So now let me come rapidly to the answer to this question. What is the explanation of this? Now, to understand the question and the answer we must go back to the Rig-Veda. The Rig-Veda speaks of Tapas from which arises the Truth and the Right. Now, this is a very important clue: the Reality according to the Veda is not merely immobile; if it was only immobile then Tapas which is the force of the Light creating something would not arise. Immobile cannot create anything. So, the first thing to be noted is that according to the Vedic knowledge, the Reality is not merely immobile: it has also mobility.
Now, that reality is both mobile and immobile. It is affirmed also in the Upanishad. It is also affirmed in the Bhagavad Gita. So we are on a sound footing: when all the three great ‘statements’ are available to us, confirming each other, it is very clear that the Reality is both the immobile and the mobile. The Isha Upanishad says: tad ejati tannaijati (Isha U.5); tad ejati means ‘that which is one’, ejati, it moves; tad-na-ejati, it does not move. So, it is very clear that the Isha Upanishad recognises that Reality is both immobile and mobile. Sri Krishna says in the Bhagavad Gita that there is a Purusha which is mobile kśaraḥ, there is another Purusha which is akśara, and that ‘I’, ‘Purushottama’, ‘I am above both mobile and the immobile’, Purushottama. So, this is exactly what the Veda says that Reality is both mobile and immobile. It is very rightly said that the Bhagavad Gita is a summary of the Vedic knowledge and this is one of the examples to show how the Vedic Knowledge is fully reflected in the Bhagavad Gita.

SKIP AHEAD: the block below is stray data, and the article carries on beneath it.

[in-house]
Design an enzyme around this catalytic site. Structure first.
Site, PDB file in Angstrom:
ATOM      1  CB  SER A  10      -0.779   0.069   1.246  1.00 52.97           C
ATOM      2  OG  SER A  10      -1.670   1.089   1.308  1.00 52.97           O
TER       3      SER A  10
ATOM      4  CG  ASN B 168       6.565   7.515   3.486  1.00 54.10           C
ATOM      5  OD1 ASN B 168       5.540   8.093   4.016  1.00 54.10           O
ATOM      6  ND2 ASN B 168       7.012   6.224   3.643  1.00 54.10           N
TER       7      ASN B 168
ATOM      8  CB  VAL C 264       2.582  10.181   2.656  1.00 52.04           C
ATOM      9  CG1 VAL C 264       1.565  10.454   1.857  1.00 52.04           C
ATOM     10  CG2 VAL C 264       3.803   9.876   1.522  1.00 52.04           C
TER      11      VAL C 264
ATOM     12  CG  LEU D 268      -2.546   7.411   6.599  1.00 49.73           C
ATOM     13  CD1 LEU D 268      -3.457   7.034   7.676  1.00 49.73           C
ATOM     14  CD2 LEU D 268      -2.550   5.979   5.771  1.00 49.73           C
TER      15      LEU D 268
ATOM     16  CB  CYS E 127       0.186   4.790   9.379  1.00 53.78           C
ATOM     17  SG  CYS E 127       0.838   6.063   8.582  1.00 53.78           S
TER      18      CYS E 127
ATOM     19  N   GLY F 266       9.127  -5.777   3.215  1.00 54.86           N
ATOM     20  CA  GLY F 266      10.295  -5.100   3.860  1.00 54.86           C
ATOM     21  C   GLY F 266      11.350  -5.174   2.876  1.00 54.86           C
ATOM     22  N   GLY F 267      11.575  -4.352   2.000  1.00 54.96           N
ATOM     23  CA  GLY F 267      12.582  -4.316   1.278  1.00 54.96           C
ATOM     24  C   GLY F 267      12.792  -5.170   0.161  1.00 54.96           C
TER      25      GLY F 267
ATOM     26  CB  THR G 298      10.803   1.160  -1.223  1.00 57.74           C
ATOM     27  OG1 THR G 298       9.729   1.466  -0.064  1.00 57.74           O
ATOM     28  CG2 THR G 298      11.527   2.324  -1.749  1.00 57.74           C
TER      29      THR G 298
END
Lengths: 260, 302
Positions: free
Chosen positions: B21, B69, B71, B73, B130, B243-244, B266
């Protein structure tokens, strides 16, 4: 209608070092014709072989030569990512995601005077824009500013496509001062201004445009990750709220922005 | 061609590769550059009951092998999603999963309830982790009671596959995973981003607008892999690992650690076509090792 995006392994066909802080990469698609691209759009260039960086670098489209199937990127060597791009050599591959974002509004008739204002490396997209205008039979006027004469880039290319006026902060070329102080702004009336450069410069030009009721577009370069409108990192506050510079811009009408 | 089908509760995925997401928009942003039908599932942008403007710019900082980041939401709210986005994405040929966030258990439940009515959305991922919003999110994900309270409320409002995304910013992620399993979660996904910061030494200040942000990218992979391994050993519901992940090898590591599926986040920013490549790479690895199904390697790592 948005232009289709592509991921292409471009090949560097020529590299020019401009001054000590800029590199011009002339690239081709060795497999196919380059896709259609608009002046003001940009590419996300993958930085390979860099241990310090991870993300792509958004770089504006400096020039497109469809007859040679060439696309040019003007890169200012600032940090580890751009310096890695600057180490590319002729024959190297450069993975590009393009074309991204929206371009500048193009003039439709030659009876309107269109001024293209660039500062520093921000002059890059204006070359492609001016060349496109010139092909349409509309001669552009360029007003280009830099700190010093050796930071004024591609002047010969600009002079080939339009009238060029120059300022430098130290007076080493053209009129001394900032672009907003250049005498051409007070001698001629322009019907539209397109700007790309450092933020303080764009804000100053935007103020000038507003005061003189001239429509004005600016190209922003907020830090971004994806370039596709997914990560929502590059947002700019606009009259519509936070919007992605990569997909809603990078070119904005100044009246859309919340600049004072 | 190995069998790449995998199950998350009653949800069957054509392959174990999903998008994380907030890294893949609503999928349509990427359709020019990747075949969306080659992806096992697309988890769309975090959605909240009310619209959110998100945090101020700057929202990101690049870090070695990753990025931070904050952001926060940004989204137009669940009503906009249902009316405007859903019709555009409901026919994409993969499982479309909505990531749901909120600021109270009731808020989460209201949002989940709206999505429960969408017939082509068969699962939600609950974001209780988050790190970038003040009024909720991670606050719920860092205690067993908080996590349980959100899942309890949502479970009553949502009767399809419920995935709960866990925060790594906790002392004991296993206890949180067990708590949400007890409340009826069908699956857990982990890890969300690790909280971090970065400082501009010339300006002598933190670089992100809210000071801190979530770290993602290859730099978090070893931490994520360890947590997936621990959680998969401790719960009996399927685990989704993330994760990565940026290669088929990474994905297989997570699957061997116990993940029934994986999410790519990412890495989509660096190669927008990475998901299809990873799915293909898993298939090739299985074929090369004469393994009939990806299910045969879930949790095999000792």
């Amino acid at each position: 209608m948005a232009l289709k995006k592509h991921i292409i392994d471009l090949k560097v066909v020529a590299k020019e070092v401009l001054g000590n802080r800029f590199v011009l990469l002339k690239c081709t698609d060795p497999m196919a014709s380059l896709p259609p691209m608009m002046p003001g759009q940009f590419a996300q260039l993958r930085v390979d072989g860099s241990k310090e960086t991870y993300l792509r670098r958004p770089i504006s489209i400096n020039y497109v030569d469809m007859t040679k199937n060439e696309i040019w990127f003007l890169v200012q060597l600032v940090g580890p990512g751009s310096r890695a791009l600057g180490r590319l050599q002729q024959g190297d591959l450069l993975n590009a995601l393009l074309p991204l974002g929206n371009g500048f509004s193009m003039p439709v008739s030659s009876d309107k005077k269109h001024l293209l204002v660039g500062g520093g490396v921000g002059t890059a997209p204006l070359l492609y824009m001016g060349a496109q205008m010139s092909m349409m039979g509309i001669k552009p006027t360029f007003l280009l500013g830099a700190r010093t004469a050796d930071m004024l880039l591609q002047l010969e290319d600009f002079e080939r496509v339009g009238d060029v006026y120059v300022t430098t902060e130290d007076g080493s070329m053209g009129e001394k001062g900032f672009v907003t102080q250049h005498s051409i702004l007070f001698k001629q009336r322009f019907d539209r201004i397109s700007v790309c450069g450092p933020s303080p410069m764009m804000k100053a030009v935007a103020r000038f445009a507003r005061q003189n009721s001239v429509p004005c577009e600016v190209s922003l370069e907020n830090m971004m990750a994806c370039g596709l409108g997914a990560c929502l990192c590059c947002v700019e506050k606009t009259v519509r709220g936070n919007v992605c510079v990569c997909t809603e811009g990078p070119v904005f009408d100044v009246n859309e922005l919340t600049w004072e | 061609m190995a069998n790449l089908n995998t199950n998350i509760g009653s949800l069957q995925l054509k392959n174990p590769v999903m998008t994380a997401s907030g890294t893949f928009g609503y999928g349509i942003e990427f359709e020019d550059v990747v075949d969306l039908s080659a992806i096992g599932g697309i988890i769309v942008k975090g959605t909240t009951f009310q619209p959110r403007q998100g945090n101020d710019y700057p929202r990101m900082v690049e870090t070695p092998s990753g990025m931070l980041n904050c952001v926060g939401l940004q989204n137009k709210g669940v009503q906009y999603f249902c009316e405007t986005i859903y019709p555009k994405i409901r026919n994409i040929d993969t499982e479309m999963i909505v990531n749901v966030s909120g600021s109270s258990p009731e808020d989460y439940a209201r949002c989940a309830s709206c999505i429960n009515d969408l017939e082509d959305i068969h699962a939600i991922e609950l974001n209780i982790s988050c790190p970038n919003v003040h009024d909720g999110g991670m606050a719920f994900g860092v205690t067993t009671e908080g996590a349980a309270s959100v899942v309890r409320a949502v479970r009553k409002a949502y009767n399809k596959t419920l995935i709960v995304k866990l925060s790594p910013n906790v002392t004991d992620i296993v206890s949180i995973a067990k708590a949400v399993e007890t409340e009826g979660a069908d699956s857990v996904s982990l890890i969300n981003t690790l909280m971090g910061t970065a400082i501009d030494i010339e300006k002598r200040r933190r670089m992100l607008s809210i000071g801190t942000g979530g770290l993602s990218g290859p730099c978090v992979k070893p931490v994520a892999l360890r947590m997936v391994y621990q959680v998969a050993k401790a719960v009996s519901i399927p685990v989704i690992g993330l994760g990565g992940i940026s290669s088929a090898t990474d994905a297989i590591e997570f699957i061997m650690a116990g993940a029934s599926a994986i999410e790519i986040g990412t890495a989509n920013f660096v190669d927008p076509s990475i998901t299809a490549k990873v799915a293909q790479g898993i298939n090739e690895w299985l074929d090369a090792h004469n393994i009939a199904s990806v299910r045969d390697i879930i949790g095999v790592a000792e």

And then He says about Himself that “I am Purushottama”.
So, we start with this basic statement that there is Reality which is at once mobile and immobile. Now, normally we think that mobility and immobility are opposed to each other. But Purushottama in the Gita says that they are not opposed to each other. In our normal experience we feel that mobile and immobile are opposed to each other. Now, what is opposed to each other is normally judged by us, by words that we use, mobile, immobile, the words themselves are contradictory to each other. Immobile means ‘that which is not mobile’. So, when you say that Reality is both mobile and immobile, we really feel very constrained, and many people who are not prepared to speak or to understand, or to reflect, or to meditate, or to go into the depths with seriousness, it is very easy for them to pronounce that the Vedic teaching, the Upanishadic teaching, Gita’s teaching is self-contradictory, logically untenable and therefore false. It is very easy to say for anybody who plunges into these propositions.